Commentary

LeBron 'not concerned' about elbow

Originally Published: April 28, 2010
By Brian Windhorst | Special to ESPN.com

CLEVELAND -- Three weeks ago LeBron James was shooting free throws after practice when he felt an odd sensation in his right arm, a tingling and a numbness.

He shook it and then snapped it back and forth, flexing his fingers like he'd just woken up only to realize an extremity was asleep. This feeling has come back to James repeatedly since then, prompting him to search his memory in vain as to when he might have injured his elbow.

Just to be safe, James started wearing a sleeve on his arm with a protective pad over the elbow. When sitting out the final four games of the regular season, the elbow was part of the reason.

The odd issue occurred again in the second quarter this past Sunday in Chicago, when James checked out of the Cavs' Game 4 win over the Bulls. He went to the locker room and had the team doctor look at it, and nothing was found to be wrong.

Then James went out and made 9 of 13 shots, scored 32 points and had seven rebounds and seven assists over the last three quarters of his triple-double performance in the Cavs' blowout win.

Just to make sure there was indeed nothing wrong with his elbow, James went to the Cleveland Clinic and had a full workup Monday. With team athletic trainers watching from the Cavs' practice facility via a closed-circuit link from the hospital -- one of the benefits of the building being named Cleveland Clinic Courts -- James had an MRI.

The results, the doctors told the team, were "unremarkable." In other words, it was one of those things covered by the "bumps and bruises" diagnosis.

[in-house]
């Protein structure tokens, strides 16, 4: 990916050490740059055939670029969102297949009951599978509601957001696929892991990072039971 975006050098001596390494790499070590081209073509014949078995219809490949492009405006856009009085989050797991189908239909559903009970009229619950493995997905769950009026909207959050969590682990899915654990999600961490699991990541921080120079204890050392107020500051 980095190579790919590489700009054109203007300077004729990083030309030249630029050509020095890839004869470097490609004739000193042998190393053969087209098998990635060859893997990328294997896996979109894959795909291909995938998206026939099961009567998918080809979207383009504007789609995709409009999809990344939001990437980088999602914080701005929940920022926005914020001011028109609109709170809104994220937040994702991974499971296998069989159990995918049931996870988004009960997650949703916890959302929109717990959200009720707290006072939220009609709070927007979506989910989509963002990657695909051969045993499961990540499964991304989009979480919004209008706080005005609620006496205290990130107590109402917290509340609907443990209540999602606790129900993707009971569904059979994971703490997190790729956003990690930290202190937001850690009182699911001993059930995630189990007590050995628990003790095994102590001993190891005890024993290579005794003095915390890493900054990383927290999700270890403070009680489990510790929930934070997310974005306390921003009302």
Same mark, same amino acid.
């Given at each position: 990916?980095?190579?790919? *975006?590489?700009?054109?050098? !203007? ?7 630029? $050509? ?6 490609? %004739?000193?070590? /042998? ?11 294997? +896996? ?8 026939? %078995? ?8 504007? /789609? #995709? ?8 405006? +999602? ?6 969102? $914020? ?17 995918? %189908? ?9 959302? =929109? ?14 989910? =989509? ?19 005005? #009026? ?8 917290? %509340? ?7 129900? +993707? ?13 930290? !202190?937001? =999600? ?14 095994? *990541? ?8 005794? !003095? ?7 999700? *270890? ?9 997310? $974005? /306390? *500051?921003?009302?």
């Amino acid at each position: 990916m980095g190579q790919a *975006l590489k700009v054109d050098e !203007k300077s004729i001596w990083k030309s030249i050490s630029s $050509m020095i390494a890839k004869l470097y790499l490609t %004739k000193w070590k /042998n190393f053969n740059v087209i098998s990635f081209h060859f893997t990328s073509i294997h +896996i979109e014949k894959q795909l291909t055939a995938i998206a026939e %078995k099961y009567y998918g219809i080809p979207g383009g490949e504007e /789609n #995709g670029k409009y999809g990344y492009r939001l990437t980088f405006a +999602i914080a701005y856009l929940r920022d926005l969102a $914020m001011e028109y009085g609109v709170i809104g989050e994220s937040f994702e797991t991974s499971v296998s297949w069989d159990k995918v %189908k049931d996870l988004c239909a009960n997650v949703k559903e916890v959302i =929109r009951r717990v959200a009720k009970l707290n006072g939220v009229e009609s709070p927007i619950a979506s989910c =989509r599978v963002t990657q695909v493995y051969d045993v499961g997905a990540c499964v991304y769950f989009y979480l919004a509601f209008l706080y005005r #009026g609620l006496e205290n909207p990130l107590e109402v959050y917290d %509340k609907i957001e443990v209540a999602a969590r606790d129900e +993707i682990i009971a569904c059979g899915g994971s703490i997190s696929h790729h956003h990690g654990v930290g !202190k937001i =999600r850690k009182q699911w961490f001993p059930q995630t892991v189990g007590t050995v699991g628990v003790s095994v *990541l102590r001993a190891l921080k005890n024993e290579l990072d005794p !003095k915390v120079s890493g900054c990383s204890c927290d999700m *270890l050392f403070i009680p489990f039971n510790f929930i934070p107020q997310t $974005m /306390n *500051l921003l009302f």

So why, then, was James grasping his elbow in the final seconds of the Cavs' series-clinching Game 5 win over the Chicago Bulls on Tuesday night? And furthermore, why did he take the unusual and alarming step of taking a free throw left-handed with seven seconds left and the Cavs up by only four points?

That turn of events, on national television no less, immediately cast a foreboding shadow as the Cavs prepare for what promises to be a rugged series with the Boston Celtics.

"I don't know, honestly, what's going on with it," James said after his 19-point, 10-rebound and nine-assist effort in the Cavs' 98-96 victory.

"It almost feels like you hit your funny bone and it kind of numbs up for a little bit. It bothers me more because I don't actually know what it is. I don't know what is going on, but we'll figure it out."

The elbow was going numb on and off throughout the game for James, though it didn't seem to affect his play. But late in the fourth quarter when he banged it on the court after falling in an attempt to block a Derrick Rose shot, it did cause problems. Caused him to shoot left-handed, actually.

James, who has a flair for the dramatic when it comes to milking minor injuries, shrugged it off as if it was a standard bruise, even acting like it wasn't downright bizarre that he would take a valuable free throw left-handed.

There was some miscommunication over whether the Cavs had an extra timeout -- they did -- but James seemed to ignore the peculiar decision and injury as if it was inconsequential.

"I'm not concerned," James said. "I'm healthy, I'm ready and we are looking forward to the second round."

Though the elbow may have caused some trouble over the past two games, James will get three days off before the Celtics come to town for Game 1 on Saturday. And he did finish the series averaging 31.8 points, 9.2 rebounds, 8.2 assists and 2.4 blocks while shooting 57 percent with that elbow.

Which is why he swatted away foreboding. Or at least tried to.

"Cleveland fans have nothing to be worried about," he said. "They don't have any reason to panic."

Brian Windhorst covers the Cavs for the Cleveland Plain Dealer.